Overall

This report analysed a small number of very high level statistics for local authority websites. The conclusions are necessarily broad.

It does demonstrate that there are interesting and useful insights to be gained from even these very small datasets.

Each authority has access to a wealth of much more detailed data and, as mentioned in the introduction,few of them publish these data.

Being able to easily access the full range of detailed usage data would increase by orders of magnitude the value of the insights that could be gained. I very much hope that local authorities will commit to publishing these data in the future.

For local government web managers

There is a ‘normal,’ or at least commonly experienced, set of data for a range of aspects of local government web use. This should be useful to local government web managers because comparing their own site to this normal state should lead to useful questions about its performance.

In particular it is clear that it is normal for around half of visits to be from mobile and tablet devices and this should strongly shape web and digital service design decisions. The fact that visits in more deprived local authority areas are less likely to be from mobile devices should also be factored into service design decisions.

The strong relationship between population and number of visits suggests that traffic levels to local government websites may be driven more by external, national factors than local factors. The fact that London boroughs do not have this relationship suggests that there is room for local authorities to buck the national trend.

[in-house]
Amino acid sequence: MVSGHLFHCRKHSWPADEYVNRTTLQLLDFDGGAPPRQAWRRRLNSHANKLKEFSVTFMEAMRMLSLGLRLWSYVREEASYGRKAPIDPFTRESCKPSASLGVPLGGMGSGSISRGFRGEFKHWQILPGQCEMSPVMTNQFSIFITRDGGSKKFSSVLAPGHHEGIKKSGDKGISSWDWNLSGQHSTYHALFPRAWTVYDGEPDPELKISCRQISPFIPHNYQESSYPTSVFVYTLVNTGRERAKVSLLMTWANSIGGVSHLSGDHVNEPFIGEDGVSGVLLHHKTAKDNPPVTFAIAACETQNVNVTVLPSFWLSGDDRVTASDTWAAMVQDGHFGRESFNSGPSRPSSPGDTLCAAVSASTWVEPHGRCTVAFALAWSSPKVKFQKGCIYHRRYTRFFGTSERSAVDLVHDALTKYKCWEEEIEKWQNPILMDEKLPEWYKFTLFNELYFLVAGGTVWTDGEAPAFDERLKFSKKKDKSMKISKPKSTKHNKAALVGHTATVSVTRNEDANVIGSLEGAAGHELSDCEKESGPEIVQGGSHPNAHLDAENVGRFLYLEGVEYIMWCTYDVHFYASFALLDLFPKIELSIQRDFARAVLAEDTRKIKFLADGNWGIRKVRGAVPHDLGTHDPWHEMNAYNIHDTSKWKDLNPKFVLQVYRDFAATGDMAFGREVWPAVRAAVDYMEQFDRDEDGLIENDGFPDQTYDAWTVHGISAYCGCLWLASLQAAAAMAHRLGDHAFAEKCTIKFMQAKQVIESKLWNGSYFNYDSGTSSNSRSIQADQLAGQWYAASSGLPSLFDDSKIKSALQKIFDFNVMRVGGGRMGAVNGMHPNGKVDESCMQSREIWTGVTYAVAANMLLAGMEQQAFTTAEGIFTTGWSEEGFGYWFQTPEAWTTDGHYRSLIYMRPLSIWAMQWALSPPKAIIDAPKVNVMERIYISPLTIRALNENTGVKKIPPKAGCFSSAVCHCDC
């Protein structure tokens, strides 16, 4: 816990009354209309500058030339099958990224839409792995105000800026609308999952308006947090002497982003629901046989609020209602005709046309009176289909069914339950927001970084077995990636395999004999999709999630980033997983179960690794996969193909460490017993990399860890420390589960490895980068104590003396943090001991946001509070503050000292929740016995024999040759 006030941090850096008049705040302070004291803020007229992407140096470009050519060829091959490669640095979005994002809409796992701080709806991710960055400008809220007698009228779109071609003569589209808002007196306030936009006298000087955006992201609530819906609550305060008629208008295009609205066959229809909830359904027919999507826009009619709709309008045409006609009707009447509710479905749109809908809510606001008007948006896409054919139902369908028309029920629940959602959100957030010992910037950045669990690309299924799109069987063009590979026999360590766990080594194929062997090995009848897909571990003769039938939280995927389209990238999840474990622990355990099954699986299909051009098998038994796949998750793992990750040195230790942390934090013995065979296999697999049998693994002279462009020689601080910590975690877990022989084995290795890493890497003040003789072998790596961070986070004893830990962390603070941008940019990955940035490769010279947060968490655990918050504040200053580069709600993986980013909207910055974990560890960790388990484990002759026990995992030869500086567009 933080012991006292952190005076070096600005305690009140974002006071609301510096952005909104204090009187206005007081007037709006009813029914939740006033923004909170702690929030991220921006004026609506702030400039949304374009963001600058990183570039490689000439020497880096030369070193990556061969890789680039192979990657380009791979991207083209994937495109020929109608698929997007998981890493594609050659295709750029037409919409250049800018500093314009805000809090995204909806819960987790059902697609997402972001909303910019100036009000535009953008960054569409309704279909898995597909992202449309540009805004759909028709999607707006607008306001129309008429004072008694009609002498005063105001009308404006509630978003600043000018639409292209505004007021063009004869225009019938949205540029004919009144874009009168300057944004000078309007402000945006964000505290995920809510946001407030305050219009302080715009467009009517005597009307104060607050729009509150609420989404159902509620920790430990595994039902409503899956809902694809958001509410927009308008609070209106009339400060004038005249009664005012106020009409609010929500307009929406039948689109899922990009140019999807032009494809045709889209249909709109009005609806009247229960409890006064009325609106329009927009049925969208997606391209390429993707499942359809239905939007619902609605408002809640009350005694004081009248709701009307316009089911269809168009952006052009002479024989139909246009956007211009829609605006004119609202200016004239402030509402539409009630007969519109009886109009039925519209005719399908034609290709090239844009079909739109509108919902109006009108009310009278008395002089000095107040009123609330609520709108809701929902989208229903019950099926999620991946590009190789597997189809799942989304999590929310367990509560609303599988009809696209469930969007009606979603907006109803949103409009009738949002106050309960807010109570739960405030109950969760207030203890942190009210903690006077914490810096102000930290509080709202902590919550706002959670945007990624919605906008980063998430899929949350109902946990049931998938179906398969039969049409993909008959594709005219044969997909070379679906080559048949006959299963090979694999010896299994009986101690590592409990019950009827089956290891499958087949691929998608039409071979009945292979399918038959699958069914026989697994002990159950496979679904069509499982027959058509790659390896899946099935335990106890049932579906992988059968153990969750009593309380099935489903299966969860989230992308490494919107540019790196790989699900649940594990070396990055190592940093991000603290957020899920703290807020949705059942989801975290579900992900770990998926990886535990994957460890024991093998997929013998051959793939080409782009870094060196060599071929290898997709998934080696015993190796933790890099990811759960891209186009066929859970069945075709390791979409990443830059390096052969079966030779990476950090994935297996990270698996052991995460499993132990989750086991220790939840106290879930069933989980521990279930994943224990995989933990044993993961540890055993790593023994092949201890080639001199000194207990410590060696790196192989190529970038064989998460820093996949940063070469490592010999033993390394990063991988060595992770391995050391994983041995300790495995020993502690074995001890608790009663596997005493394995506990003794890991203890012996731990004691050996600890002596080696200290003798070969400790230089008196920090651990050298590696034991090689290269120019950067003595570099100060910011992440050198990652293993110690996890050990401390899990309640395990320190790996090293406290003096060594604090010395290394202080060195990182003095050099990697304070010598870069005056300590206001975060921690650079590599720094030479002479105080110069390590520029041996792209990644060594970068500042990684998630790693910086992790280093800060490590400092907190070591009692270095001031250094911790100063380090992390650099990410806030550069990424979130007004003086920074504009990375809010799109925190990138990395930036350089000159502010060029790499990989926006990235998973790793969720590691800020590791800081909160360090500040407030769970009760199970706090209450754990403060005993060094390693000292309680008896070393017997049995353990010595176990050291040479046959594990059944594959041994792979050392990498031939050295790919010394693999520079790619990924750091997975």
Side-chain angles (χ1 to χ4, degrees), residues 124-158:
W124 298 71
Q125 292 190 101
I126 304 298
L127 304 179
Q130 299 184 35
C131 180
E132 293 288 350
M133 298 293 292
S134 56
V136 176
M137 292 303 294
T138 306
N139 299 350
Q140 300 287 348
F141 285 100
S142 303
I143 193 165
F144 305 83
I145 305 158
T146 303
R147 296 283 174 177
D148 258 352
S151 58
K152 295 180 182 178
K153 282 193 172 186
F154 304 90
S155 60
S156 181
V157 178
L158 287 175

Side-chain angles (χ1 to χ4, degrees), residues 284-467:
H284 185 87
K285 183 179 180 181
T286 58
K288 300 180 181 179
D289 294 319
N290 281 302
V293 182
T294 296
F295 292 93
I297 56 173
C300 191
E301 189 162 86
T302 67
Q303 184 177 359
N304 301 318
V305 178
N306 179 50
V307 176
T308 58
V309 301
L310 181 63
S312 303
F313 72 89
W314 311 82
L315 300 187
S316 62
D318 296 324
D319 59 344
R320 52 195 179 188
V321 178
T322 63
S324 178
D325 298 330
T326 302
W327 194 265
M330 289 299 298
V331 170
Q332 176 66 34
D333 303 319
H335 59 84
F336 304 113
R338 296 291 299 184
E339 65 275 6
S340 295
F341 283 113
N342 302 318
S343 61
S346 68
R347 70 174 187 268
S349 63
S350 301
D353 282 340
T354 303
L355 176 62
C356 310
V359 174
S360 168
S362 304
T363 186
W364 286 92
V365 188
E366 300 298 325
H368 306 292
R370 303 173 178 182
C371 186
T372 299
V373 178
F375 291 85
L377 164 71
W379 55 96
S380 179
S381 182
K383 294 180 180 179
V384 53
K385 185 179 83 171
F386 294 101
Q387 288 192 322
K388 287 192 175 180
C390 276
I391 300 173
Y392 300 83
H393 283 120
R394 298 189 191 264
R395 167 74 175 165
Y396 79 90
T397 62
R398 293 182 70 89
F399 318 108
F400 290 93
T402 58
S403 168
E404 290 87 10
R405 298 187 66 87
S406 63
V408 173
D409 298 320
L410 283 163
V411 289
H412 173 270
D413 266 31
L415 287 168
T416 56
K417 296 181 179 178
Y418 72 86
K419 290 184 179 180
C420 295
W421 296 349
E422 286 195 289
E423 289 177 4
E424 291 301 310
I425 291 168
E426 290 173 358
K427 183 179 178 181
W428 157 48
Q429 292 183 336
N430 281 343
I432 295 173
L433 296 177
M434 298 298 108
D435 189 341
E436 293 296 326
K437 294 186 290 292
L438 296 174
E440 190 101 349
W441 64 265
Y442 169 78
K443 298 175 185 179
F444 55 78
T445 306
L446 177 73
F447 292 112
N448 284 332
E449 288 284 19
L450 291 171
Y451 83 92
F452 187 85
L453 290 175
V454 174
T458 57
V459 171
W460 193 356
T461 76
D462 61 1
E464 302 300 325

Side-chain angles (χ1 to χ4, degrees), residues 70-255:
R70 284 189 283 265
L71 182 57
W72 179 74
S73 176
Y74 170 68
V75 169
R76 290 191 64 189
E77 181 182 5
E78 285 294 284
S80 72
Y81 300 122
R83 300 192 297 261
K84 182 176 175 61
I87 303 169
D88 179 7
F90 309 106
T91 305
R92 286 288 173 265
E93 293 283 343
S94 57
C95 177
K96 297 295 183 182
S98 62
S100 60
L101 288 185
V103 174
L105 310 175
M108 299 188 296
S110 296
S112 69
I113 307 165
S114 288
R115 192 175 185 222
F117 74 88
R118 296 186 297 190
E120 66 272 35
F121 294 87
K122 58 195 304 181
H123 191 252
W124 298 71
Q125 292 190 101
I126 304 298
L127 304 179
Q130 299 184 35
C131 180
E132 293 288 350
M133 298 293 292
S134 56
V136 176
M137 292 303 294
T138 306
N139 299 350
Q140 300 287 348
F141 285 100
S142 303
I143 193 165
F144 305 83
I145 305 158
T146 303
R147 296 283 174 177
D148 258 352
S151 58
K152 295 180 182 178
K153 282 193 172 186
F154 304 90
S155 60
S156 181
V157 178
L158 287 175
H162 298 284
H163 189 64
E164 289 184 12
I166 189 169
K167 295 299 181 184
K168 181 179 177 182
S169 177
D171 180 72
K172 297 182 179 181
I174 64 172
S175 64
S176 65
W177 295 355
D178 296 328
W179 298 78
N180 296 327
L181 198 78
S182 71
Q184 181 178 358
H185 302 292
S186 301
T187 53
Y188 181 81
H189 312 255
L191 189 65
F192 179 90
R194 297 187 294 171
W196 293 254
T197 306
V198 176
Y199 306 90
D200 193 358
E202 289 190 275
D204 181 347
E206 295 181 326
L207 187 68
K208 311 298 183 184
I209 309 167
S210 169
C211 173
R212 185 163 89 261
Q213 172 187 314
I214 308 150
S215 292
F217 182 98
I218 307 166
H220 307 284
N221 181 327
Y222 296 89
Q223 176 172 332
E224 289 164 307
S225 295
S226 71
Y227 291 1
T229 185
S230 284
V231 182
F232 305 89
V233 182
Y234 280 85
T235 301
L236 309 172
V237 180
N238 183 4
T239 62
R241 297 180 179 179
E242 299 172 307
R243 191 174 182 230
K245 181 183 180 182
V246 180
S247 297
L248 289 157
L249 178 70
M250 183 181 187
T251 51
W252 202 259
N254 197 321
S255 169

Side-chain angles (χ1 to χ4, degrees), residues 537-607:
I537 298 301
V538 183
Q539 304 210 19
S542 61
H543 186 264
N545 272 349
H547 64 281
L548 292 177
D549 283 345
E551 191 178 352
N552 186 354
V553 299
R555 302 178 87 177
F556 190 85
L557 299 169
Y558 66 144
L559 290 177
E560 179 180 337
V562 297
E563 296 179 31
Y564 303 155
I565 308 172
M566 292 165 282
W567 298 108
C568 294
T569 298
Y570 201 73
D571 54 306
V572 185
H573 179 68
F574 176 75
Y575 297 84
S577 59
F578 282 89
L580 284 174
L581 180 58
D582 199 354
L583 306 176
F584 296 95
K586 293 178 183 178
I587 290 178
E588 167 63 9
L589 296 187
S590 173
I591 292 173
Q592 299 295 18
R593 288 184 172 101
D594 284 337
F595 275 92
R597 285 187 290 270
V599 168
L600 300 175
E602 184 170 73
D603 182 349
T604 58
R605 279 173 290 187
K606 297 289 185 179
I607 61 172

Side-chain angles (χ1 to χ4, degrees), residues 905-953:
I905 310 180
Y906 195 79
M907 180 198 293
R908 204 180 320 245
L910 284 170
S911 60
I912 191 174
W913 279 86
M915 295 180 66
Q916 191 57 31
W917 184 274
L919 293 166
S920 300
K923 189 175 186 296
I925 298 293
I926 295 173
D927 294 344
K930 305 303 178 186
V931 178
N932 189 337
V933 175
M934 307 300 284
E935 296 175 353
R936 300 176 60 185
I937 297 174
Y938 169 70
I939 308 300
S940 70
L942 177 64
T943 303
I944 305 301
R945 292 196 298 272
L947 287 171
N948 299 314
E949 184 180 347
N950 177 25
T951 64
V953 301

Being able to exclude data from internal IP addresses may be helpful. More important is the fact that those users behave very differently from the bulk of users. Internal users represent around 8% of visits and so, arguably, should only have 8% of the influence on the design of the site.

Surprisingly few councils actively publish their website usage data. Accordingly gathering the data for this report was time consuming and placed a strain on already stretched local government resources. If all councils published their website usage data future reports could be created without resorting to FOIA requests and a great deal more detail could be included in the analysis. Google Analytics has a good API to allow the automatic publishing of reports and several councils are automatically publishing from the SiteImprove platform so there should not be any significant technical barriers.

For other web managers

Local authorities provide an interesting case study. They serve a very wide cross section of the community with services and information.

For many organisations, including CCGs, charities, and potentially even service businesses, comparing website performance with similar sized local authorities should raise some interesting questions.

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